Statistics Canada researchers, in partnership with those from the Public Health Agency of Canada, have co-authored a new research report detailing study findings about COVID-19 infections in the population, including reinfections, long-term symptoms and their impact on the Canadian adult population across 10 provinces.

As of June 2023, they state that the majority of Canadians have been infected with COVID-19 at least once. The study, entitled Experiences of Canadians with long-term symptoms following COVID-19, also notes that for many, symptoms persist for months, often impacting their ability to work and their quality of life overall.

They found that one in nine or 11.7 per cent of the total adult population reported experiencing long-term symptoms of COVID-19, defined as the presence of symptoms three or more months after infection that could not be explained by anything else.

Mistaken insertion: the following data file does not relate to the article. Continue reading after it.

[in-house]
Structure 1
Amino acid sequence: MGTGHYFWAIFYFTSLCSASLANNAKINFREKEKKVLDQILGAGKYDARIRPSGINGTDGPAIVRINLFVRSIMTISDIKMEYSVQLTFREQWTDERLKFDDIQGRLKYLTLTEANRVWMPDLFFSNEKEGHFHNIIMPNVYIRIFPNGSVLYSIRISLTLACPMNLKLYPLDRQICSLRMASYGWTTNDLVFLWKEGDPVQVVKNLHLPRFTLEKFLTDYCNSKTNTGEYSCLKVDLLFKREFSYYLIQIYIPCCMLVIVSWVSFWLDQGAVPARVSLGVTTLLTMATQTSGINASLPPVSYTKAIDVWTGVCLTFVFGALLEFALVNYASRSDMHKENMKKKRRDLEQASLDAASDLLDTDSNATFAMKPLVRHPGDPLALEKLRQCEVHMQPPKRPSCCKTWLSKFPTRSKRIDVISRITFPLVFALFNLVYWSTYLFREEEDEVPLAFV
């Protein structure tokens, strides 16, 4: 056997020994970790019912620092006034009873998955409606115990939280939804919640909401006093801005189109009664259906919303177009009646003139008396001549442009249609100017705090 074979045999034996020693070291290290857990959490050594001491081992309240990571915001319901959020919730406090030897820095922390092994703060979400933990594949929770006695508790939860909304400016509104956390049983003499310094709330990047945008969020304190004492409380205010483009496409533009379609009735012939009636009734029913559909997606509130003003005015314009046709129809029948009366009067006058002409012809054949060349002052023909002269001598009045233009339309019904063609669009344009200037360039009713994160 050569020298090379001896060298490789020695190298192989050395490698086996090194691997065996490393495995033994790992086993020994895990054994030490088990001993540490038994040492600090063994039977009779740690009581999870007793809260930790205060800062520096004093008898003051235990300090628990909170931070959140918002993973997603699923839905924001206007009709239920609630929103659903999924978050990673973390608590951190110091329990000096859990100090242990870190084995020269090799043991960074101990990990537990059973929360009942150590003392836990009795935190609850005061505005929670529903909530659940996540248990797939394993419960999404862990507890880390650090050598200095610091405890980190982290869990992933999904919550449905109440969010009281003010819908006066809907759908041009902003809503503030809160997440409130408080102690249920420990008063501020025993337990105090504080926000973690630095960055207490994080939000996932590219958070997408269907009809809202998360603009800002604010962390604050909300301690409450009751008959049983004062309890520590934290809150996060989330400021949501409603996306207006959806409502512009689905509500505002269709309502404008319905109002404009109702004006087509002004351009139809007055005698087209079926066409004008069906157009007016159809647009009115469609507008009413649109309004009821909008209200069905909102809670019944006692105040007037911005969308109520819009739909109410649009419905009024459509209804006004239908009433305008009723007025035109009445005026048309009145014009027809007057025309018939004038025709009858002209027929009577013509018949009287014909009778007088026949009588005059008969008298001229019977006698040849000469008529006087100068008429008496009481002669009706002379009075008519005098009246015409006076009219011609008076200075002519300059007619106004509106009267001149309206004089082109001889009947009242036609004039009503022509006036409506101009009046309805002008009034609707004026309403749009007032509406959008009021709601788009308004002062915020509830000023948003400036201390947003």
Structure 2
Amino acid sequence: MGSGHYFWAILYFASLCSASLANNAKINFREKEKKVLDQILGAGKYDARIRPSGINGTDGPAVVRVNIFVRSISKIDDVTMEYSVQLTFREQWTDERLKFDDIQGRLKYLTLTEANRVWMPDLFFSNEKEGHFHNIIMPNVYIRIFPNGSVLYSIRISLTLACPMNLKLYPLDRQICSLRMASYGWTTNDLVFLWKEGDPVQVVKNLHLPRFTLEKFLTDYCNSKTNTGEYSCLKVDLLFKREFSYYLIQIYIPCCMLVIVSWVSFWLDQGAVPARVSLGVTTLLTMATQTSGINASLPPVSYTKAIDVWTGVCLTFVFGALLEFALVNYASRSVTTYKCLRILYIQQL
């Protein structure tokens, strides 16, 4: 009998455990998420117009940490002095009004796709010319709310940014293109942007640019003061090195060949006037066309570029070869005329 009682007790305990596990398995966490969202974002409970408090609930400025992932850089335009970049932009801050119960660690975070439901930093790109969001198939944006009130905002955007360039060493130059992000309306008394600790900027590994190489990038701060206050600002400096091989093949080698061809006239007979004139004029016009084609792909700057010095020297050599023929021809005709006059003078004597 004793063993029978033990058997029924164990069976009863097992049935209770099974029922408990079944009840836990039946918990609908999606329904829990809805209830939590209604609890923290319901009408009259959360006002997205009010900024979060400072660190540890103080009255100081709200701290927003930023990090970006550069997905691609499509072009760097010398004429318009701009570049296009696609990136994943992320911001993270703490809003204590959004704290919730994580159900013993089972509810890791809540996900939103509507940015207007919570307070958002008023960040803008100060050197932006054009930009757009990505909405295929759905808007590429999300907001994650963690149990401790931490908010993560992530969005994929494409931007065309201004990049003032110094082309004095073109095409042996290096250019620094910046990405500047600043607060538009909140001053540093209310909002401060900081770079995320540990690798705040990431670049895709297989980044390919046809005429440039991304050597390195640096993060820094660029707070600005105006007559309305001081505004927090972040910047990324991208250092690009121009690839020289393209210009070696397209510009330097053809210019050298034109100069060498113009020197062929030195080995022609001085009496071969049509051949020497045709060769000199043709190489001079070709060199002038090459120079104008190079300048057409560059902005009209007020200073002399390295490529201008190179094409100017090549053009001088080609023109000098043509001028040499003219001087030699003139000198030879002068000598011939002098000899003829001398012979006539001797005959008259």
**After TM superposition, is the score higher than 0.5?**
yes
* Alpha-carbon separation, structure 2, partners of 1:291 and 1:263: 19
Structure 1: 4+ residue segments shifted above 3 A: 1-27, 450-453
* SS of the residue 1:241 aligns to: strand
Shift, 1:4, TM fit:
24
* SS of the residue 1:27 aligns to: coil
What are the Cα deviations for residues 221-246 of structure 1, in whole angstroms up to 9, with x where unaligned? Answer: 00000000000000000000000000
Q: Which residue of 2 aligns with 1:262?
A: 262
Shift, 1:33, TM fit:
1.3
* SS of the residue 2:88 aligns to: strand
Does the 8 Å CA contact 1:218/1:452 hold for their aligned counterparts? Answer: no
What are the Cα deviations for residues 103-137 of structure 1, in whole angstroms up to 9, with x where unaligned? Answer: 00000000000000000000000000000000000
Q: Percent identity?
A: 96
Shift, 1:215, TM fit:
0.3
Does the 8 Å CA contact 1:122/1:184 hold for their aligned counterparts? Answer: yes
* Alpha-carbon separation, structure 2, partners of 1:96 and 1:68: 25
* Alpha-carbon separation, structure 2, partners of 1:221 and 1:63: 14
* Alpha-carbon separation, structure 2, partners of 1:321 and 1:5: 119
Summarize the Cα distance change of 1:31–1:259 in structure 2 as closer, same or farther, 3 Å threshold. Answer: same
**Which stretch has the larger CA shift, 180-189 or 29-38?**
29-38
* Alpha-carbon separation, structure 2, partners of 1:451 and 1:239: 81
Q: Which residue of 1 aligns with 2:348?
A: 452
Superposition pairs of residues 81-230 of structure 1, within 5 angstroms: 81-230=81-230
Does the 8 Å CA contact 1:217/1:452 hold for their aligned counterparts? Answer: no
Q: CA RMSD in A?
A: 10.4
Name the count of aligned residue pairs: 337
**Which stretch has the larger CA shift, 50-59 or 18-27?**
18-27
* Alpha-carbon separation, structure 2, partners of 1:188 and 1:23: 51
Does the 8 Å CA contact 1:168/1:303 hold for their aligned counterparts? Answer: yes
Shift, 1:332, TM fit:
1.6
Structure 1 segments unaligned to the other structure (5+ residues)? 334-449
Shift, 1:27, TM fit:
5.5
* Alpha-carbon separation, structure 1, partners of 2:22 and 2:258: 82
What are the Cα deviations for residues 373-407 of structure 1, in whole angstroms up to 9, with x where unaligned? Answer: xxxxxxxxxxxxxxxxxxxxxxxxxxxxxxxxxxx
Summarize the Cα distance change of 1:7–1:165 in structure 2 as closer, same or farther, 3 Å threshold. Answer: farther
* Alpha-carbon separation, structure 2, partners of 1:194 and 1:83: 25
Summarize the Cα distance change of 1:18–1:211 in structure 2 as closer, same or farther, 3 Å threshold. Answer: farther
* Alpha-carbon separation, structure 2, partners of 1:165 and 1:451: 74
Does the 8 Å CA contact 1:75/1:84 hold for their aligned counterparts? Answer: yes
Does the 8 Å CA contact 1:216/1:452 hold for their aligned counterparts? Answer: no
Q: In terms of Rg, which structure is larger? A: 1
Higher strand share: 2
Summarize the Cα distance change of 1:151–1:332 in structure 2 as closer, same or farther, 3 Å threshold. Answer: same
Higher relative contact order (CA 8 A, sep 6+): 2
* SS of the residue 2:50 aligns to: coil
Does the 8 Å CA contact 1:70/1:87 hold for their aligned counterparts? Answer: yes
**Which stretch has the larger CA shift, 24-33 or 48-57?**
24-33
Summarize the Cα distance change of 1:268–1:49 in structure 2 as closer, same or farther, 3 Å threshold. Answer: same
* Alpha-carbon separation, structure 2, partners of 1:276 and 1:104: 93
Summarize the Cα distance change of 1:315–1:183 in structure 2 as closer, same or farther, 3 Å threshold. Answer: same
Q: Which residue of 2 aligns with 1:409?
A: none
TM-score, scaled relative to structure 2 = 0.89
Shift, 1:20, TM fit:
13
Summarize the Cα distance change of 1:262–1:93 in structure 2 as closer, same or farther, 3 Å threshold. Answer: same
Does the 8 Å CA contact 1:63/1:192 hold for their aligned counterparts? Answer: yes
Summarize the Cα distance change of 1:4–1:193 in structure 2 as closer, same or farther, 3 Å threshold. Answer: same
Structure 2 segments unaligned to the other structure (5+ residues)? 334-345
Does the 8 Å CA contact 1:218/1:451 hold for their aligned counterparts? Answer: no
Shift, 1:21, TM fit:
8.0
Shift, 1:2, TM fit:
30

Overall, also as of June 2023, 44.6 per cent had experienced one infection, 14.4 per cent had experienced two and 5.4 per cent had experienced three or more. “These numbers, however, are likely an underestimate,” they write, “as individuals may not always be aware that they are or have been infected.” 

Of those who continue to experience symptoms at the time the survey was conducted – they say 6.8 per cent of the Canadian adult population residing in private households in the country’s 10 provinces continue to experience long-term symptoms – 73.9 per cent had symptoms for more than six months, while 42.2 per cent had symptoms for a year or more. Among those dealing with long-term symptoms, more than one in five missed days of school or work, missing 24 days, on average. 

“Canadians reporting two known or suspected COVID-19 infections (25.4 per cent), were 1.7 times more likely to report prolonged symptoms than those reporting only one known or suspected infection,” they write, adding that those with three or more infections were 2.6 times more likely to experience long symptoms.